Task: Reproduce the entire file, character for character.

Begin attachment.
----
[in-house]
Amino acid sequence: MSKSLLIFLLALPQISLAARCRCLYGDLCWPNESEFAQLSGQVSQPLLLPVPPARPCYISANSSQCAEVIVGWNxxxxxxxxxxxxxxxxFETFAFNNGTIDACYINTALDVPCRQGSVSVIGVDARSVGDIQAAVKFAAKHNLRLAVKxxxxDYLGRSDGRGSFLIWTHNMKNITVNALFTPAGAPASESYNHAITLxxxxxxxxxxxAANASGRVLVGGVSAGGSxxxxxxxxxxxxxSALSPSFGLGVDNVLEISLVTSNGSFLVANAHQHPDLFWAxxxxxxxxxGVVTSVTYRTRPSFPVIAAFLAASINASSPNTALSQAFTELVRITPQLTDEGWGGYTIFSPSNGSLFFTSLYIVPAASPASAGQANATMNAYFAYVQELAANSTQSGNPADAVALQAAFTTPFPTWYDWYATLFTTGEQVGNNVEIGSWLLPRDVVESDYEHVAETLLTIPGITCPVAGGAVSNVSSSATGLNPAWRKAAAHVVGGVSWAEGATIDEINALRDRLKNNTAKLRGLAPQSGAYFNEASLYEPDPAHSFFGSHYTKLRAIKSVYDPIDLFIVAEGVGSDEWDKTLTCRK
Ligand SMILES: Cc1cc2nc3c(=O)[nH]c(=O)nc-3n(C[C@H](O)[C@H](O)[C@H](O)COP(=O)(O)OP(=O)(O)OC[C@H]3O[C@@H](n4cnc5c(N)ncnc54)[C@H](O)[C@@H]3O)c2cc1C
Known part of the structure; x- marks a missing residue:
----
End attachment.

[in-house]
Amino acid sequence: MSKSLLIFLLALPQISLAARCRCLYGDLCWPNESEFAQLSGQVSQPLLLPVPPARPCYISANSSQCAEVIVGWNxxxxxxxxxxxxxxxxFETFAFNNGTIDACYINTALDVPCRQGSVSVIGVDARSVGDIQAAVKFAAKHNLRLAVKxxxxDYLGRSDGRGSFLIWTHNMKNITVNALFTPAGAPASESYNHAITLxxxxxxxxxxxAANASGRVLVGGVSAGGSxxxxxxxxxxxxxSALSPSFGLGVDNVLEISLVTSNGSFLVANAHQHPDLFWAxxxxxxxxxGVVTSVTYRTRPSFPVIAAFLAASINASSPNTALSQAFTELVRITPQLTDEGWGGYTIFSPSNGSLFFTSLYIVPAASPASAGQANATMNAYFAYVQELAANSTQSGNPADAVALQAAFTTPFPTWYDWYATLFTTGEQVGNNVEIGSWLLPRDVVESDYEHVAETLLTIPGITCPVAGGAVSNVSSSATGLNPAWRKAAAHVVGGVSWAEGATIDEINALRDRLKNNTAKLRGLAPQSGAYFNEASLYEPDPAHSFFGSHYTKLRAIKSVYDPIDLFIVAEGVGSDEWDKTLTCRK
Ligand SMILES: Cc1cc2nc3c(=O)[nH]c(=O)nc-3n(C[C@H](O)[C@H](O)[C@H](O)COP(=O)(O)OP(=O)(O)OC[C@H]3O[C@@H](n4cnc5c(N)ncnc54)[C@H](O)[C@@H]3O)c2cc1C
Known part of the structure; x- marks a missing residue: